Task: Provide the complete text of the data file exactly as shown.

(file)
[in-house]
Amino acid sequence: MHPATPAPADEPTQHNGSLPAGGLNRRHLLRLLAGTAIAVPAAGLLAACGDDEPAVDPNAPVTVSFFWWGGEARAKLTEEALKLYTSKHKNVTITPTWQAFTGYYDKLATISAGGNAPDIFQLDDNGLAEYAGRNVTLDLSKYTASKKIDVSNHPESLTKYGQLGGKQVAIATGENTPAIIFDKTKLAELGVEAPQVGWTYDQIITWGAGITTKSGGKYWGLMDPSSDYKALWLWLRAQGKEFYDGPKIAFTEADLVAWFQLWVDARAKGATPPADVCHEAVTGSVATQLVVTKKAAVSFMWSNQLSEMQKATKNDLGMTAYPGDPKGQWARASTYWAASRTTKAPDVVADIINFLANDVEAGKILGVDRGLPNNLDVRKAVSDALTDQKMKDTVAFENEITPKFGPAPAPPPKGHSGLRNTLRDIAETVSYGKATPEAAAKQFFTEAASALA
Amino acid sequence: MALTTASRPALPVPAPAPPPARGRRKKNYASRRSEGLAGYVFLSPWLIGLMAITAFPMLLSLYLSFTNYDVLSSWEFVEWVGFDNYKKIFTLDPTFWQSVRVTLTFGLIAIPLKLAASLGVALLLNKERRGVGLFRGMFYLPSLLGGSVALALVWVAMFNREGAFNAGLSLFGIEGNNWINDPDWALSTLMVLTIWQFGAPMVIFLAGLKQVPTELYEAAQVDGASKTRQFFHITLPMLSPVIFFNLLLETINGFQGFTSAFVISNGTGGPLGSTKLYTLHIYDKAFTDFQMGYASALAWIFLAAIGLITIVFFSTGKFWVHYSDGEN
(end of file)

[in-house]
Amino acid sequence: MHPATPAPADEPTQHNGSLPAGGLNRRHLLRLLAGTAIAVPAAGLLAACGDDEPAVDPNAPVTVSFFWWGGEARAKLTEEALKLYTSKHKNVTITPTWQAFTGYYDKLATISAGGNAPDIFQLDDNGLAEYAGRNVTLDLSKYTASKKIDVSNHPESLTKYGQLGGKQVAIATGENTPAIIFDKTKLAELGVEAPQVGWTYDQIITWGAGITTKSGGKYWGLMDPSSDYKALWLWLRAQGKEFYDGPKIAFTEADLVAWFQLWVDARAKGATPPADVCHEAVTGSVATQLVVTKKAAVSFMWSNQLSEMQKATKNDLGMTAYPGDPKGQWARASTYWAASRTTKAPDVVADIINFLANDVEAGKILGVDRGLPNNLDVRKAVSDALTDQKMKDTVAFENEITPKFGPAPAPPPKGHSGLRNTLRDIAETVSYGKATPEAAAKQFFTEAASALA
Amino acid sequence: MALTTASRPALPVPAPAPPPARGRRKKNYASRRSEGLAGYVFLSPWLIGLMAITAFPMLLSLYLSFTNYDVLSSWEFVEWVGFDNYKKIFTLDPTFWQSVRVTLTFGLIAIPLKLAASLGVALLLNKERRGVGLFRGMFYLPSLLGGSVALALVWVAMFNREGAFNAGLSLFGIEGNNWINDPDWALSTLMVLTIWQFGAPMVIFLAGLKQVPTELYEAAQVDGASKTRQFFHITLPMLSPVIFFNLLLETINGFQGFTSAFVISNGTGGPLGSTKLYTLHIYDKAFTDFQMGYASALAWIFLAAIGLITIVFFSTGKFWVHYSDGEN